18 July, 2009

transgender identities & spirituality

lately i've been thinking a lot about my transition (medical, mental, emotional, physical...) and how it relates to my spirituality. i don't think that spirituality, at least in my mind, can be ignored when we think about, discuss and reflect upon our transitions (however each of us define our own personal transition).

so many of the steps i've taken in the past two years and have been taking have only helped revitalize, re-energize and essentially awaken my spirit and my internal energy. i feel, in many ways, as if i am just now waking up. i feel more in-tune with myself as an being that is comprised of both a body and a spirit and more in-tune with my own energy, other people's energy and how these energies effect each other. i cannot deny these facts.

i haven't conducted a very thorough search yet, but i have found these resources:
kindred spirits website
transgender spirituality website

if you have any related resources please share by leaving a comment
and for any trans-identified folks who would like to comment on this subject, i'd like to hear what you have to say in regards to your transition and trans identity and your spirituality



Lynnea Urania Stuart said...

In the past 2000 years of the Abrahamic Oppression in the west, the idea of transgender spiritualtiy has been popularly treated as a non-sequitur. Even today, when I talk to other transpeople about the subject, most don't want to talk about it. No wonder, since so little affirmation has come from church or mosque.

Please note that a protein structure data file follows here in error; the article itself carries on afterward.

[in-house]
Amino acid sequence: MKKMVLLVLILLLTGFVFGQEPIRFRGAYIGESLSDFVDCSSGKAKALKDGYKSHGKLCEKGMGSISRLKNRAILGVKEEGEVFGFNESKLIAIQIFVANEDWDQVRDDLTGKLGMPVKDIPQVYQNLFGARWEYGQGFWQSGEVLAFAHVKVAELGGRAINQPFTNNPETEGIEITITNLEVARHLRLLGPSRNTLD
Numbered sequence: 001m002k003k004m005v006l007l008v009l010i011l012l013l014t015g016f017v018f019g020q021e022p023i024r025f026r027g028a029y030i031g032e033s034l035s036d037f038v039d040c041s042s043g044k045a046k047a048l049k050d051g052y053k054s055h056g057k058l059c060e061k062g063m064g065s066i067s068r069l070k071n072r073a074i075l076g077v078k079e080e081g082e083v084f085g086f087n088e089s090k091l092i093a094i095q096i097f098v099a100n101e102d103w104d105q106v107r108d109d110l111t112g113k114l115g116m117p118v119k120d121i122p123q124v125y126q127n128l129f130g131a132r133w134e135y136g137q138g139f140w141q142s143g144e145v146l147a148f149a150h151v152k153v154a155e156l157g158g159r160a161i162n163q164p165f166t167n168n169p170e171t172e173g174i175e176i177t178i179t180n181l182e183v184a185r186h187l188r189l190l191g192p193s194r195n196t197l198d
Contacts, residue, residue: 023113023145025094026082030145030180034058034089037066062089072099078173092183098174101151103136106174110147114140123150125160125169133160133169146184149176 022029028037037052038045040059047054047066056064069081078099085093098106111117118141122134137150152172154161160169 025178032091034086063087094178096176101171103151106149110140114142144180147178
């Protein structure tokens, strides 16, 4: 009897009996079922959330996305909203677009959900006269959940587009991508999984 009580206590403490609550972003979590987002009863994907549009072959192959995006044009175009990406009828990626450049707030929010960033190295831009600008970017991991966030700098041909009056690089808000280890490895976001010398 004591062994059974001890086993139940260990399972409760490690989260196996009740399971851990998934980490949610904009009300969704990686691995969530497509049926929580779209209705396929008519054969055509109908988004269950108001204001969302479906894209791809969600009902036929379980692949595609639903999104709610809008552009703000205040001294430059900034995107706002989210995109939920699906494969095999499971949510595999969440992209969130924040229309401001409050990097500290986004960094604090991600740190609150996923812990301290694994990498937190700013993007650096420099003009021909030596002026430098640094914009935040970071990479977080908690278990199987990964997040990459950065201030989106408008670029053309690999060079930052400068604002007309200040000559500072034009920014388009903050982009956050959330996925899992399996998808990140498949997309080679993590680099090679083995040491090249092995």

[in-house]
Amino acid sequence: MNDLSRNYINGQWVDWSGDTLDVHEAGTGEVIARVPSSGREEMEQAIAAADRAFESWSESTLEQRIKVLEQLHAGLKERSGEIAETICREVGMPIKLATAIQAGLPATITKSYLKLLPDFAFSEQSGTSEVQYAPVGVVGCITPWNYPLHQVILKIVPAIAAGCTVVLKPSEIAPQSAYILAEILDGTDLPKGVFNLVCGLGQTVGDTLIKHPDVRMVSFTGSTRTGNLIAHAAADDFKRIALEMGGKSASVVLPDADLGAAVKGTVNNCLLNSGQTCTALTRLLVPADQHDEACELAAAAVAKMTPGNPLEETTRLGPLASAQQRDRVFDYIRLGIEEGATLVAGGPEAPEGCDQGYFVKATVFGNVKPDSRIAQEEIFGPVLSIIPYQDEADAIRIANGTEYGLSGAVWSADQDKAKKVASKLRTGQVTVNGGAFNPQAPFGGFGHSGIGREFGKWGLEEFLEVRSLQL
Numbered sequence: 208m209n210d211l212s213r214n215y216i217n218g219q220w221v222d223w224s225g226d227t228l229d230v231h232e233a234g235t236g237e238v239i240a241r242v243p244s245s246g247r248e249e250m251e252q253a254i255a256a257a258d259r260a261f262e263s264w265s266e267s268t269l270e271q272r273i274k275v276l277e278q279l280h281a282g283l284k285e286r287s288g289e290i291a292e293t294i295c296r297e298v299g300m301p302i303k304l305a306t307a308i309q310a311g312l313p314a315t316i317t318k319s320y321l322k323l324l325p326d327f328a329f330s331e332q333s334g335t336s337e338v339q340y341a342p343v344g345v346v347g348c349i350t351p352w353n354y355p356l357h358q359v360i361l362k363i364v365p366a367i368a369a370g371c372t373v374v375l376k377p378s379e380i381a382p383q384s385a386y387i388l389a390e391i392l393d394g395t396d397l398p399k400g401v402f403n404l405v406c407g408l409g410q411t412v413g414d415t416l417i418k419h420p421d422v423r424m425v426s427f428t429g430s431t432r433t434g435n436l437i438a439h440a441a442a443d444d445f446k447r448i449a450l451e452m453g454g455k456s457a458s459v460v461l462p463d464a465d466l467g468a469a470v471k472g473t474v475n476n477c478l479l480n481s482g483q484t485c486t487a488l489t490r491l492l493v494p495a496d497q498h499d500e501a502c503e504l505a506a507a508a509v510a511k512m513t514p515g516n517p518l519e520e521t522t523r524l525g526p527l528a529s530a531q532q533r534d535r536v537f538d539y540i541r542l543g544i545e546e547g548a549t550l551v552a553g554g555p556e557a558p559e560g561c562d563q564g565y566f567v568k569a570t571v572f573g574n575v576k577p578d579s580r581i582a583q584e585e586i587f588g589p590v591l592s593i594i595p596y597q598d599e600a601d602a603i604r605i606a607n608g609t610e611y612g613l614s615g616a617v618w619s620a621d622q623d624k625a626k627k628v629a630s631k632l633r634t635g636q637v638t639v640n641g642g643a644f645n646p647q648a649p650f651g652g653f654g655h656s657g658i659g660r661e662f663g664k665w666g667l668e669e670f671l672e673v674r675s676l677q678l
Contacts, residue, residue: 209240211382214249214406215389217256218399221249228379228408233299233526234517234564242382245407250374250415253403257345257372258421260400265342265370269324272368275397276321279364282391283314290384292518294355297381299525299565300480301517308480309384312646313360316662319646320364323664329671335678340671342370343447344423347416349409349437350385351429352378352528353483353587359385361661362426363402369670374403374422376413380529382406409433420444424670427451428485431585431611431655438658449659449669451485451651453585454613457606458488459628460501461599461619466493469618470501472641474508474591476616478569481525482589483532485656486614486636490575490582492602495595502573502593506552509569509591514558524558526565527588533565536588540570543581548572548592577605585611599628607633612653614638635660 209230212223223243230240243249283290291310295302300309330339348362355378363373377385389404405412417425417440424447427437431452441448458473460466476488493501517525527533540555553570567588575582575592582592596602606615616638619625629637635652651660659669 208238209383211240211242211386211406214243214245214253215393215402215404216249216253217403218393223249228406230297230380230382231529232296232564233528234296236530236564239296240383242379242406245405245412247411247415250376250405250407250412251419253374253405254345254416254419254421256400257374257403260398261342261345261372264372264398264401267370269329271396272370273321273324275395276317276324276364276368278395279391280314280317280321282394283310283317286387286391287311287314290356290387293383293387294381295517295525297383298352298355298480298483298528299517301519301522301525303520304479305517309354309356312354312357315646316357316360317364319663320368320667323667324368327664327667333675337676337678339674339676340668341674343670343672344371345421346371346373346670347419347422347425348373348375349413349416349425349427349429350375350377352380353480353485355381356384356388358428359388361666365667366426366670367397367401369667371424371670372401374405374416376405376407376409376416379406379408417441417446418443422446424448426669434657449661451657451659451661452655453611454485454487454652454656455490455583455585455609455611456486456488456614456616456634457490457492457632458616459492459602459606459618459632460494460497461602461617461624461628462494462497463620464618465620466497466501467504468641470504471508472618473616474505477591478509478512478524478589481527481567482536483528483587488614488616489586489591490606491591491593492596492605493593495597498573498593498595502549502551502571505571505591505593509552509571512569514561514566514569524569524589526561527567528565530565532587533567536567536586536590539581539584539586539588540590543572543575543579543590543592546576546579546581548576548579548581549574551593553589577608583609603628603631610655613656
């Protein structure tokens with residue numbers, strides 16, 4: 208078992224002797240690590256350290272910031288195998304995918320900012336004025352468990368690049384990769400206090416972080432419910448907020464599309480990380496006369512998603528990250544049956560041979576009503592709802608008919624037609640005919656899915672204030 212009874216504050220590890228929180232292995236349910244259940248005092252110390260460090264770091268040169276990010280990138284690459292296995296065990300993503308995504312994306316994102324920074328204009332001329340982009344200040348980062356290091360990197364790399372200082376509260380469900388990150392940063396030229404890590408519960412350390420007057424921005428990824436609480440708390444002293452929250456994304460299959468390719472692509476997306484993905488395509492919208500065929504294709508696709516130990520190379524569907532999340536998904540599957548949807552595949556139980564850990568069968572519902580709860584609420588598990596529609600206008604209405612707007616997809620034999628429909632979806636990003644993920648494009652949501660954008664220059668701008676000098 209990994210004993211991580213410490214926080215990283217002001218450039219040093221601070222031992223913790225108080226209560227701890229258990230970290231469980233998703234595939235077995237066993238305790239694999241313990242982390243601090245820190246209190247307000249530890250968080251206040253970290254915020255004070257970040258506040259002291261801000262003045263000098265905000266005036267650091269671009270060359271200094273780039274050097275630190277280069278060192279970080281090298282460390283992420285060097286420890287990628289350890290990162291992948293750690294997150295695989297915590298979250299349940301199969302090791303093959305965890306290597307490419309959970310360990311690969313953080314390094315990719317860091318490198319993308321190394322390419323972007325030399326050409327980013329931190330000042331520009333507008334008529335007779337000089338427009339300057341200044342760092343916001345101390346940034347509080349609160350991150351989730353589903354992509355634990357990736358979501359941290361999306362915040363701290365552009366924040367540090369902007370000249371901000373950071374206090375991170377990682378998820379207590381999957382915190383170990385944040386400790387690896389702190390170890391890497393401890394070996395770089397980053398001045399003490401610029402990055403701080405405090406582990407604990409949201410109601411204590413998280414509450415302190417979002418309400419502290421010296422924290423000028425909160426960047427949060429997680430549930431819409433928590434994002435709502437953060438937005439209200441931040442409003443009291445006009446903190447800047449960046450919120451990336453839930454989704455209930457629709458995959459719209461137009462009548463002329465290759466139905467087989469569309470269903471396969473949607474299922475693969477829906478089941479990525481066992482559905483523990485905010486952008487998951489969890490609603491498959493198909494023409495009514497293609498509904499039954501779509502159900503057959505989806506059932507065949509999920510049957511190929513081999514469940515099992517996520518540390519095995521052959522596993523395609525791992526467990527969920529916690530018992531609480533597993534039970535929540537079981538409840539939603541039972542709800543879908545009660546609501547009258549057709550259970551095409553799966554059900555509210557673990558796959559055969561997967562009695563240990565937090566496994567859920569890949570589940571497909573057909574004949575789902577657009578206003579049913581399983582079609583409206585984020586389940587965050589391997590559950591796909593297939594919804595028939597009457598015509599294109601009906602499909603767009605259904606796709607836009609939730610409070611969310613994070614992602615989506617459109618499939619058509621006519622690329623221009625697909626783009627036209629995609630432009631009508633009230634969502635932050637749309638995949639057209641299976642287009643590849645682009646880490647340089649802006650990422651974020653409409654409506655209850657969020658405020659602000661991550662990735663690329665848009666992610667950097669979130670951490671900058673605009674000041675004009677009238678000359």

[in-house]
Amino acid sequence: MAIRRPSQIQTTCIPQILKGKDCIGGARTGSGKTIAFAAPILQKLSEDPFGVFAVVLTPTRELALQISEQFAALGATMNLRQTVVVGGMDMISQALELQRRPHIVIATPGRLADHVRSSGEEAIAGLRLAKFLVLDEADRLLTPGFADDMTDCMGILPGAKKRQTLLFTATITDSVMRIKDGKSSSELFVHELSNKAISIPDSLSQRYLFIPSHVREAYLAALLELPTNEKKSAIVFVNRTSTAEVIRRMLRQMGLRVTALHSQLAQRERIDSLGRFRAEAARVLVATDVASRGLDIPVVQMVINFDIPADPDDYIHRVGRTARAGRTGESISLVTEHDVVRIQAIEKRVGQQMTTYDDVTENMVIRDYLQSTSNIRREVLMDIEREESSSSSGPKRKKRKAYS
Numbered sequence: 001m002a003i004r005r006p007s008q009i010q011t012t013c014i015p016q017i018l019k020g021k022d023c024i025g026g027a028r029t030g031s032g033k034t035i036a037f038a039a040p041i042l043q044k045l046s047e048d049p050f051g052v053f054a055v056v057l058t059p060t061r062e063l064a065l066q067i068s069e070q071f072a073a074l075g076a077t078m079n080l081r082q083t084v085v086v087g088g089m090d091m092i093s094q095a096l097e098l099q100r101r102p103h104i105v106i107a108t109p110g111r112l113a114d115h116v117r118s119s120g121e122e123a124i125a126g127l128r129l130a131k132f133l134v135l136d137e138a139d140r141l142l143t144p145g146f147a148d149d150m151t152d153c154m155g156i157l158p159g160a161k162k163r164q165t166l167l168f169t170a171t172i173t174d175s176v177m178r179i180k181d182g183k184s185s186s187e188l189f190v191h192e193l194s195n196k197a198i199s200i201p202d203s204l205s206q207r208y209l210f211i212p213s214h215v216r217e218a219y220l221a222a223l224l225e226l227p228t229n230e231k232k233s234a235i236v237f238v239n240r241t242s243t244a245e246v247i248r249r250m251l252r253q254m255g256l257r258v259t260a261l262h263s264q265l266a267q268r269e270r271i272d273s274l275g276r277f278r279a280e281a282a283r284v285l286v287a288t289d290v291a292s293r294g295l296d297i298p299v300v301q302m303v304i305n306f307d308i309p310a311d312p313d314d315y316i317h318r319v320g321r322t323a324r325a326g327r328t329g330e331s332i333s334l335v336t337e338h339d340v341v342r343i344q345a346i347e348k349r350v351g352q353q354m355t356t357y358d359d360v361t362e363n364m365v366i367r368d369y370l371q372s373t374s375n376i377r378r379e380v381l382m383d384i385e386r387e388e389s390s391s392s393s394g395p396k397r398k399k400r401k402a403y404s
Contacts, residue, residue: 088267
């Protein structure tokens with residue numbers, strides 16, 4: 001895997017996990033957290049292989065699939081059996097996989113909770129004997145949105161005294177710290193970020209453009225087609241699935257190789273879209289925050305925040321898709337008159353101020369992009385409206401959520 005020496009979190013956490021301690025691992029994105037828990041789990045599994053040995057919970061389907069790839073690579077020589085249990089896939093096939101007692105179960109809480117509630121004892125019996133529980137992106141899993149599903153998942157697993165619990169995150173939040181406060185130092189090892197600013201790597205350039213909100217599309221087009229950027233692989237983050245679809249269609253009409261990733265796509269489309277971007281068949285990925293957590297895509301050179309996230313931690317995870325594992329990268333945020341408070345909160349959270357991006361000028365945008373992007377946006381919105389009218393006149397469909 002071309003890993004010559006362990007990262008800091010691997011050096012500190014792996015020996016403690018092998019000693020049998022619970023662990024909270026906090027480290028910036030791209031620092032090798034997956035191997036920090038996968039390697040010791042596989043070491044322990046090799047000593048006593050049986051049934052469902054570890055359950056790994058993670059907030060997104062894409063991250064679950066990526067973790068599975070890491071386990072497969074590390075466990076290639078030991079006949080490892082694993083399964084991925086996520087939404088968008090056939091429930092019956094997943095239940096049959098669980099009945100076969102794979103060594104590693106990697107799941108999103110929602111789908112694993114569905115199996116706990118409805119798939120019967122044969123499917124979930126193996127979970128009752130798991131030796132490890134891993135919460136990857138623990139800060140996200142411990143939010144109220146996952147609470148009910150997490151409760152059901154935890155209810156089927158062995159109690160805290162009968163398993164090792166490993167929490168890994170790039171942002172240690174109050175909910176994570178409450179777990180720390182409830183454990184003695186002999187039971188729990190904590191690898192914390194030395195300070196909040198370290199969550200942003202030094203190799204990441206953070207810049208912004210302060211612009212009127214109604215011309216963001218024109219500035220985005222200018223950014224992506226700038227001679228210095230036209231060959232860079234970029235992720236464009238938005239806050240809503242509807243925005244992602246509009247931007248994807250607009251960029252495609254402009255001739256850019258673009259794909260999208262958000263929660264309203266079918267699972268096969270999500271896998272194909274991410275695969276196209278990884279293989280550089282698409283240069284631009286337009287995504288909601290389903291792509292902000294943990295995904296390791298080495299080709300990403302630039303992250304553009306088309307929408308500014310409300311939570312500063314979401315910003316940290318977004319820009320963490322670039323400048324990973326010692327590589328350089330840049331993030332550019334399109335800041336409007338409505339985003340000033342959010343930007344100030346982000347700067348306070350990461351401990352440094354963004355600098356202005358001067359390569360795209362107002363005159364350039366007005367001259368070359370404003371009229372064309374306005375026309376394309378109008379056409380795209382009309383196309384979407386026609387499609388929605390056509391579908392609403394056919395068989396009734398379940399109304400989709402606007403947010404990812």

We clearly find a line of transgender priesthoods from Uruk to Phoenicia to the Pelasgians and Egyptians. But about the 3rd century, the last of these collapsed at the hands of the Romans.

What we would refer to as "transgender" today concerning these priesthoods more often appears under "eunuch," seeing that "transgender" is a recent term. There were cisgender eunuchs and transgender eunuchs. And the first in Christianity to be baptized outside Palestinian Jewery was in fact a Falasha Saris, the "Ethiopian Eunuch" in Acts 8. Since we only find the masculine used to describe these people shouldn't throw us. Masculine is the default gender for Latin, Greek, and Hebrew. If there is a room full of 30 women and 1 men, one must use the masculine to address them. It would be the same with mixed or compromised gender.

Unfortunately, we find little representation of F2M priests, though one seems to have made it as Pope and even is said to have given birth. The F2M experience is one well worth exploring.

Thanks a million!

Luke said...

thanks for the info!